Thursday, August 2, 2012

Paris Plages

I was prepared for some transition time from leaving my sunny, backyard beach in LA for city strewn Paris, but I've since learned that there are some things you simply can't prepare for.


I arrived back to a cool, grey, overcast Paris, which was actually an improvement from the cool, grey, rainy Paris I left in June.  While I was gone, my place was rented out to someone I didn't know, but to whom I was told was trustworthy with a bonus green thumb to keep my plants thriving.  I was anxious to see how my colorful flowers and bountiful herbs were doing, and well, suffice it to say, that they will now be best used as kindling for the fire I will inevitably need to stay warm this summer.

The rest of my place went the same way with a furniture rearrangement that I didn't think was possible, on top of a layer of dirt, and a peculiar smell that upon further research was a combination of mold from the flood that occurred in my living room, and the food that was left out for a week.  There's no better way to get over jet lag after a 12 hour flight than jumping into some hands and knees floor to ceiling scrubbing.  Bienvenue à moi!

After cleaning, unpacking and sleeping for 2 days, not necessarily in that order, I was in desperate need of some fresh air.  I'd heard much talk of the annual, "Paris Plages," where the beach literally comes to the city.  Over 4,000 tons of sand is brought in by 2 large barges to sit on the banks of the Seine for 4 weeks, after which I can only imagine the world's largest dust buster comes in and scoops it all out again.  I was ready for some beach time...Parisian style.


A day at the beach in Paris, hmmmm, what to wear?  It's a beach with sand and lounge chairs, so I went with a bathing suit covered by shorts and a tank top, flip flops, and a straw hat.  None of these items have I ever worn outside in Paris, so I walked out my door with some trepidation.  It was the longest walk of my life as I saw no one with any of these items on.  I'm used to seeing half naked people strolling around the LA beaches with bikinis and bare chests carrying chairs, towels, and enormous bags of games and food under their arms.  Here, it was the usual Parisian chic without a flip flop in site.  As soon as I reached the sand, it started to rain, and the water wasn't from the drops of my tears.


People were wearing jeans.  Jeans?  I did see some shorts (though those were mostly worn by tourists), but most of the ladies were in cute little summer dresses. They seriously can't even take a day off from their fabulousness.


I walked the "strand" that went from below the Hotel de Ville to the Tuilieries.  I didn't see one open chair, lounger or otherwise to sit on, but I did see a plethora of palm trees - 44 to be exact.  Those are a temporary fixture as well, and I assume will get vacuumed up with the sand.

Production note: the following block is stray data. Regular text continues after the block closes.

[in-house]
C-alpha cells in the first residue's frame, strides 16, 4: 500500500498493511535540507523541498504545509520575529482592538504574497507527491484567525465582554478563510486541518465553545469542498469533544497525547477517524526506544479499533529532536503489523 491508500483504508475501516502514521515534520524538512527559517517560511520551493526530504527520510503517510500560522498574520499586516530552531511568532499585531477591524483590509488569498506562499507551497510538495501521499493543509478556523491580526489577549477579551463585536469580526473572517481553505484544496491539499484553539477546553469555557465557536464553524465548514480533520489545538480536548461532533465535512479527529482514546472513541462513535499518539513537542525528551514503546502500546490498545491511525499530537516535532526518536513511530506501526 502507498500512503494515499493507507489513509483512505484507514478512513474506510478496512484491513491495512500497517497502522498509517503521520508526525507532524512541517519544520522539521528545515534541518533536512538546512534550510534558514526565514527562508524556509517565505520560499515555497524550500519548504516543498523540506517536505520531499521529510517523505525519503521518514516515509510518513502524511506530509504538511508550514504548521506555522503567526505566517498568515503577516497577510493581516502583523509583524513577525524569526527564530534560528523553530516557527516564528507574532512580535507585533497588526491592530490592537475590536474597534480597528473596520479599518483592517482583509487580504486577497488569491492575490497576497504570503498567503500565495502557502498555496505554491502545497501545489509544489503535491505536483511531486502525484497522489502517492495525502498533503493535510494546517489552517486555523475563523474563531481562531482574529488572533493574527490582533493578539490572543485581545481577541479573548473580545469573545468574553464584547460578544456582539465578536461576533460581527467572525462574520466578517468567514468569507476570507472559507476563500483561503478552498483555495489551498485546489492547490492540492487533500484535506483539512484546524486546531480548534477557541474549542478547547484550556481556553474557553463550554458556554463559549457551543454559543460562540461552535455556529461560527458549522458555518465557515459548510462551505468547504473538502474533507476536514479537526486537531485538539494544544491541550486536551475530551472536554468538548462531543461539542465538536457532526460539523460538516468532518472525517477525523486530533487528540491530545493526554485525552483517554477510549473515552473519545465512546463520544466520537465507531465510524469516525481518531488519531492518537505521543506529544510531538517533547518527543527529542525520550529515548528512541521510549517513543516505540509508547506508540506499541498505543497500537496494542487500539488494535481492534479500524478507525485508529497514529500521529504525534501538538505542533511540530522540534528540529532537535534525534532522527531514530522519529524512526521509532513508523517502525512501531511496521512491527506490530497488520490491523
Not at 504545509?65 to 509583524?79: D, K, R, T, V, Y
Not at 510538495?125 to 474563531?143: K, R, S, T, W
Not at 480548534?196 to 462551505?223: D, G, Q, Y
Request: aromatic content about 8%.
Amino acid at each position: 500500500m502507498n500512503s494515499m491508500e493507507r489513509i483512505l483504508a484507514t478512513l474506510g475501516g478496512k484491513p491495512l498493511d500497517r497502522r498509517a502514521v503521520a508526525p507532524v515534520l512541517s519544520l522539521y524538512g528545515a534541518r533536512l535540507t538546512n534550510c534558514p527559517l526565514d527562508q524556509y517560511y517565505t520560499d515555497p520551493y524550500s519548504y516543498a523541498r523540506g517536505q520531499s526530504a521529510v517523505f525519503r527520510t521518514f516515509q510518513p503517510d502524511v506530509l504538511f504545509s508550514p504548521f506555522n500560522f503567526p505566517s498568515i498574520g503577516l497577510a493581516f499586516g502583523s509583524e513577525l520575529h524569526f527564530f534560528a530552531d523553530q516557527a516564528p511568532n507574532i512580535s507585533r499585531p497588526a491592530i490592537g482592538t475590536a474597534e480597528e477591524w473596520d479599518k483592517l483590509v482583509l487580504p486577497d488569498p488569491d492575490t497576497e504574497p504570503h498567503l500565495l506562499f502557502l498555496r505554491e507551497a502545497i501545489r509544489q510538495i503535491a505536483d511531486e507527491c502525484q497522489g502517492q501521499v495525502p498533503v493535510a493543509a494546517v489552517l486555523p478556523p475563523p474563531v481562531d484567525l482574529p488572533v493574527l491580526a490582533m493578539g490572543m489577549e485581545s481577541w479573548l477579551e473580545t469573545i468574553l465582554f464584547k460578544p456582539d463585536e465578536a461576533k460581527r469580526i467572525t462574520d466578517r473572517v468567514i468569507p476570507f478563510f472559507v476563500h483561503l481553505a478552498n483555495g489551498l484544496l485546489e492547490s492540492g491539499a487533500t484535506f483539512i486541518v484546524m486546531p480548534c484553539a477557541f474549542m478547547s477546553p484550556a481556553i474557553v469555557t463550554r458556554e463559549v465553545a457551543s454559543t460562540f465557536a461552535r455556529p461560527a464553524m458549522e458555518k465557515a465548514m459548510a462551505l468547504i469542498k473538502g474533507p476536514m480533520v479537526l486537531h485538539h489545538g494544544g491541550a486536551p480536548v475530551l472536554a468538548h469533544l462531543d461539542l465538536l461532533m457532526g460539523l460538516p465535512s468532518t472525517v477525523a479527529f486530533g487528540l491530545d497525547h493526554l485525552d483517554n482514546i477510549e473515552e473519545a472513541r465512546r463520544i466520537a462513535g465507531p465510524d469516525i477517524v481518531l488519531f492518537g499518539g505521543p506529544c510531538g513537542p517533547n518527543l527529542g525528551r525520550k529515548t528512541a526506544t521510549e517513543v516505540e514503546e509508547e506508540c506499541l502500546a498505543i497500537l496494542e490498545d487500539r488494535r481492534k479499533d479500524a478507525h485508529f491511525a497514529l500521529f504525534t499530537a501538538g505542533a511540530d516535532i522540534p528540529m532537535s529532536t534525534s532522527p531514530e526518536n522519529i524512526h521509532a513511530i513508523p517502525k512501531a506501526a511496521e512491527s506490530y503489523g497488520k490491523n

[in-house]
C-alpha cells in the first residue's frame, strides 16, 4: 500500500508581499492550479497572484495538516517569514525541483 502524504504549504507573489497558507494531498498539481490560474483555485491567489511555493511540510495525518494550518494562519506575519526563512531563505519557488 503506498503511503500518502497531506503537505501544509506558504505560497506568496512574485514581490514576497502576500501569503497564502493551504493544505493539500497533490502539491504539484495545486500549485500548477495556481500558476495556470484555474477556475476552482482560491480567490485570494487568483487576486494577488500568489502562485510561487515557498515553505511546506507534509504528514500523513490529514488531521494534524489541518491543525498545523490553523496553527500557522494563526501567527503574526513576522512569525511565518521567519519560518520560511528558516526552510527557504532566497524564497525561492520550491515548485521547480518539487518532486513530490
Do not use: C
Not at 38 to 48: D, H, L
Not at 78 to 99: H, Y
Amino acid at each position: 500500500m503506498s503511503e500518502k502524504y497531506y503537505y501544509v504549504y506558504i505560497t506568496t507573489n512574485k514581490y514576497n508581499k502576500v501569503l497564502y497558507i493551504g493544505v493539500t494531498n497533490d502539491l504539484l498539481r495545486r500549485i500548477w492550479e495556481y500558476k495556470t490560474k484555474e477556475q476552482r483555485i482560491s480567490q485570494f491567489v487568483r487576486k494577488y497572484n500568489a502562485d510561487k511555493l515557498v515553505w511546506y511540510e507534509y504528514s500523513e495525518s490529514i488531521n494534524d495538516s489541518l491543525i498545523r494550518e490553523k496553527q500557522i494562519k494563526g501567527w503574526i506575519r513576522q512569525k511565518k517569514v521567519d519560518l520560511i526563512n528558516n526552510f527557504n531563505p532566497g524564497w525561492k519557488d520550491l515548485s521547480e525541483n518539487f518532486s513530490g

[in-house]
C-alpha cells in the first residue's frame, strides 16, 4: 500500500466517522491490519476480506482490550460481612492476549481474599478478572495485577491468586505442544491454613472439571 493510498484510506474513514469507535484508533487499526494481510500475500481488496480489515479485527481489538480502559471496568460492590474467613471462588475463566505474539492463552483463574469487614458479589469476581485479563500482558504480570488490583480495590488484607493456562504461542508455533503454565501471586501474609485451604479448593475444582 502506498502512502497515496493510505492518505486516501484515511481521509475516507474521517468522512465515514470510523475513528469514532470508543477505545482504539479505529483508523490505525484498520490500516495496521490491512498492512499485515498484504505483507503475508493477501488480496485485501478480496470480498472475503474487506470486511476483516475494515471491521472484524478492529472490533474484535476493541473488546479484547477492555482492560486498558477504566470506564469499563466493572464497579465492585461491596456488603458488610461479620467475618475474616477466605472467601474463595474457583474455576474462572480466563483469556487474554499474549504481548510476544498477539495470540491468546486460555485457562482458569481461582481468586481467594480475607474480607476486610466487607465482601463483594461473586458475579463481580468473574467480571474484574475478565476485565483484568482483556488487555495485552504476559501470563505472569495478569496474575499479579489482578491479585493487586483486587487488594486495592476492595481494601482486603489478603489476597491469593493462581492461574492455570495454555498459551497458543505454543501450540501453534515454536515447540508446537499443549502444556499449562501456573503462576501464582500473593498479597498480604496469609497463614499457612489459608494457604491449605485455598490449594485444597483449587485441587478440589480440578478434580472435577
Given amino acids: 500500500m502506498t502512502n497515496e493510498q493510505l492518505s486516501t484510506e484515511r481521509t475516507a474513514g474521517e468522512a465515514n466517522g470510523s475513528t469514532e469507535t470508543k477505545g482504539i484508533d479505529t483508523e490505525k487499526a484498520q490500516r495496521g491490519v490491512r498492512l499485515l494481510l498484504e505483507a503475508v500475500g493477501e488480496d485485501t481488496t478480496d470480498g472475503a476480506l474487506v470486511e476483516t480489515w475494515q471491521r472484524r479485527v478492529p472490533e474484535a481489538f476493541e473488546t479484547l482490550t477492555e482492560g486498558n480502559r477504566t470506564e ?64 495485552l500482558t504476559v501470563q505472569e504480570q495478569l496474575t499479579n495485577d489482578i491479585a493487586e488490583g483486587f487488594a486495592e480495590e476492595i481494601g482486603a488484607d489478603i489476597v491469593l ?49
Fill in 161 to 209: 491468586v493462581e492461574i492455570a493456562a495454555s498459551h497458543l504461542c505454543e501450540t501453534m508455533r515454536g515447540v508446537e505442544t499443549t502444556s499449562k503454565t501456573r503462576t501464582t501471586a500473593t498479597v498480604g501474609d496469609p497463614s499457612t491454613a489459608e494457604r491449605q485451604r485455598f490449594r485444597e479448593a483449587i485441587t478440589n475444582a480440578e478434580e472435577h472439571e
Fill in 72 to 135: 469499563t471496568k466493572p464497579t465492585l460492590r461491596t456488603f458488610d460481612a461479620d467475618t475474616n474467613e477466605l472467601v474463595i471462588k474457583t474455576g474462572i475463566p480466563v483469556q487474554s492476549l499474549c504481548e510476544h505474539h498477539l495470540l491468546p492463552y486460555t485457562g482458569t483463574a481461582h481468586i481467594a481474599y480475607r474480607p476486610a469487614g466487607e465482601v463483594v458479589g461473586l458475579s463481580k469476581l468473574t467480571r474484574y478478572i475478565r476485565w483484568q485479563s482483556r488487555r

There were games, which in France means petanque and....foosball.  Nothing says summer to me like foosball by the beach.


And of course you need booze and ice cream, though not necessarily together, but then again, I wouldn't rule it out.


Some nights you can hang on the beach until midnight with live music and dancing, but on my day, I was just looking forward to some relaxation and jet leg recovery time.  After I walked the length of the beach and back, I found a lone mattress and snagged it and really started to enjoy the magic of Paris Plages.  I never expected to be in Paris sitting on the beach in a bathing suit, albeit regrettably, with a view of the sand, water and hundreds of years' old bridges and buildings as the backdrop.Paris continue to surprise and delight me.


Paris Plages was created as way to entertain the city dwellers who aren't as fortunate as others to take their 4 week summer vacances in their South of France home.  To that end, Paris is nearly deserted by locals in the month of August, but their place is filled with tourists.  Unfortunately for unknowing tourists, a good portion of the notable restaurants are closed during this time.  The closures range from 2-4 weeks and go at seemingly random times from the end of July until the middle/end of August.


Paper signs are taped to many a door front around town.  I had prepared myself for some restaurant closures, but I was surprised to see large businesses like my local mobile phone provider closed, as well as the fish counter of my grocery store.  The store isn't closed, but just the fresh seafood counter at the back where the mysterious Morton's fish guy would stand in his rubber boots.  I guess it would be too obvious to say that he's gone fishin.


Many of my friends in town love this time of year because it's more quiet, assuming you stay away from major tourists attractions, and the city is just a wee bit friendlier.  I'm interested to experience it for myself this month, as well as much, much more to come!
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PAGE IN PARIS UPDATE:  I'm graduating from beginner blogger to at least grade school level now with a real logo (thanks Dean!) and tagline (thanks Sue!).  As if that's not enough to get excited about, my blog can now be found directly at pageinparis.com (thanks godaddy).  I have my own dot com now, so please update any bookmarks you have or resubscribe to receive each post in your mailbox, and thanks for traveling, tasting and toasting with me!





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